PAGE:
Minding best hygiene practices is more important to consumers than ever before. As you set up your online ordering system, it’s important to make sure that you offer the option for “contactless” delivery, which means that you can deliver to your customers without having to meet them face to face. 

You can alert customers that their orders are waiting at their doorsteps by sending them a text message or giving them a call. Some platforms also include the option to send notes to the driver so they know where to leave the food. If you’re building your own platform, be sure that you let customers tell you the most convenient and safe option for delivery.

Delivery Fee

Some restaurants choose to add a delivery fee to their orders. Many customers choose to go with restaurants that deliver for free, although it’s not possible for some restaurants to accommodate this. Carefully choose whether you want to include a delivery fee—you might even want to test whether you see an uptick in business with a lower fee.

Communication Channels

Sometimes, it’s possible that customers will want to make a change to their order after they’ve placed it. For instance, someone may accidentally select pickup when they’d like delivery, or vice versa. Be sure your restaurant’s contact information is easily accessible, whether through your delivery service or on your website, so customers can get in touch should they need to.

Payment Flexibility

Most customers will pay for online food ordering with credit cards. But offering other options such as PayPal, Google Pay, and Apple Pay may be a good idea to enable customers to pay exactly the way they’d like.

Cash is often not a priority, especially in a contactless environment. If you’d like to offer cash on delivery, this may be an option as well, though it’s not as popular with customers ordering online.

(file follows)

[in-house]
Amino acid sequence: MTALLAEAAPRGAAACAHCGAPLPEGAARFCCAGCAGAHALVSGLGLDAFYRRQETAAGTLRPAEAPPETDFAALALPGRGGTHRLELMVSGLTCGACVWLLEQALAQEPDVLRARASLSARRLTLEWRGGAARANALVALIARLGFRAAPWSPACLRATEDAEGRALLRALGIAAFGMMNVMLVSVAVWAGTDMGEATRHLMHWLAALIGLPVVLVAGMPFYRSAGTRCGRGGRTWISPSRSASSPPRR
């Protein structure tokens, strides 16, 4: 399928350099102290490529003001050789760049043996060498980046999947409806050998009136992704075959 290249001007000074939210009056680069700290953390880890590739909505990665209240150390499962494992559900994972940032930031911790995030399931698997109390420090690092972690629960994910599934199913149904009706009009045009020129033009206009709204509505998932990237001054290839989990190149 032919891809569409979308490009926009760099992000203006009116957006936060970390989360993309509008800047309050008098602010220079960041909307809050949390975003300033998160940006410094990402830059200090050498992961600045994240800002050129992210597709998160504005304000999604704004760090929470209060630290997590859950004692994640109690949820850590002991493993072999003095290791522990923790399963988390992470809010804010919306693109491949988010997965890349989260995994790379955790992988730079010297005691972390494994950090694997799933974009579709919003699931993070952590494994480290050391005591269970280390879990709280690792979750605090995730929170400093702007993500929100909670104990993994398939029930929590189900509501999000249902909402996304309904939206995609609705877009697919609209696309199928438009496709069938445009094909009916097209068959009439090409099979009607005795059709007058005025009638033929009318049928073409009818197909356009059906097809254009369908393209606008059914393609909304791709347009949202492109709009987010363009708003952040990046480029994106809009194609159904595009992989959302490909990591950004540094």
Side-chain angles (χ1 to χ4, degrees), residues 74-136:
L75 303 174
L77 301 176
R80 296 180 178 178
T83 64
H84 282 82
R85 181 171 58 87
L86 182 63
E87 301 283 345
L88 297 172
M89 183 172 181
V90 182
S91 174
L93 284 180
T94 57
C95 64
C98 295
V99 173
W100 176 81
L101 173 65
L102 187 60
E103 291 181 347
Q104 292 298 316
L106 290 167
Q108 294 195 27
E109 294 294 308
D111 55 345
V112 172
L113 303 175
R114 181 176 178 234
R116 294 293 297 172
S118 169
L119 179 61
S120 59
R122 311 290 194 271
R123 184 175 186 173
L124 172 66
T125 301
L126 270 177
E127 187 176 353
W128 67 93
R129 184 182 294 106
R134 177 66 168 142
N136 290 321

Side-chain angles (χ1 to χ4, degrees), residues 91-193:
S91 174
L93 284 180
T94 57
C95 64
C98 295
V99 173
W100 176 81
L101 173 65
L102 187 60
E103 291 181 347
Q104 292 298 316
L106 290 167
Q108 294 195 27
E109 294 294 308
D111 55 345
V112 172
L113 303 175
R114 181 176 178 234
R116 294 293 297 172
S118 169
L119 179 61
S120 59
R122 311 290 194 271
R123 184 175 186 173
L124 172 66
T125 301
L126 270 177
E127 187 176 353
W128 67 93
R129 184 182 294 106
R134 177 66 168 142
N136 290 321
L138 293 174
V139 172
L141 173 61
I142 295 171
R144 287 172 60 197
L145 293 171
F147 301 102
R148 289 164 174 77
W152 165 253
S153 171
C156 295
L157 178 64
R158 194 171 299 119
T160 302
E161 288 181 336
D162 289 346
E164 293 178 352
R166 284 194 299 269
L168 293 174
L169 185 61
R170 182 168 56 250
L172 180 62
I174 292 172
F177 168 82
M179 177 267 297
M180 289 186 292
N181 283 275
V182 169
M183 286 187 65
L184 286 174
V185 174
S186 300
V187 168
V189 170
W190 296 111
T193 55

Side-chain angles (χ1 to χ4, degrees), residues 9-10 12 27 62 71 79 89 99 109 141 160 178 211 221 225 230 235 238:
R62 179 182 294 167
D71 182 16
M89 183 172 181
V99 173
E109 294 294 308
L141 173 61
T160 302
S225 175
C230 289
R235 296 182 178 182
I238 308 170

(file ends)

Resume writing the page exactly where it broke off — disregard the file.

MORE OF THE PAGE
Menu Clarity

When customers are dining in-house, it’s easy for them to inquire about any questions they have on the menu, whether that’s ingredients or substitutions. Those who are ordering from an online portal won’t have access to you, so menu clarity is key.

Be sure that your customers know what ingredients are in your dishes, and be sure to flag any allergens such as nuts, soy, dairy, and gluten. You can also consider labeling which dishes are vegetarian and vegan, which will help guide customers with dietary restrictions. Depending on your platform, customers should be able to add notes if they’d like an ingredient left out, for instance. If you are not offering substitutions, be clear about that as well. 


Some ordering platforms give the option to add photos. This could be a good strategy for your restaurant, especially if your dishes are especially photogenic. If you are choosing to add photos, make sure that they’re clear and well-styled—you don’t want your images to wind up turning people away instead.

The Bottom Line

Figuring out how to set up an online food ordering system isn’t as hard as you might think. You have several options that you can use to choose the best option for you. And that’s great news in this climate, where traditional in-restaurant dining is no longer possible or the most desirable option. Don’t forget to react to customer feedback and optimize your service and menu in the best way possible to keep your customers coming back for more.

Sally Lauckner

Sally Lauckner is the editor-in-chief of JustBusiness and the editorial director at Fundera.

Sally joined Fundera in 2018 and has almost 15 years of experience in print and online journalism. Previously she was the senior editor at SmartAsset—a Y Combinator-backed fintech startup that provides personal finance advice. There, she edited articles and data reports on topics including taxes, mortgages, banking, credit cards, investing, insurance, and retirement planning. She has also held various editorial roles at, Huffington Post, and Glamour magazine. Her work has also appeared in Marie Claire, Teen Vogue, Cosmopolitan, and ColoradoBiz magazines, as well as Yelp, SmallBizClub, and BizCrat.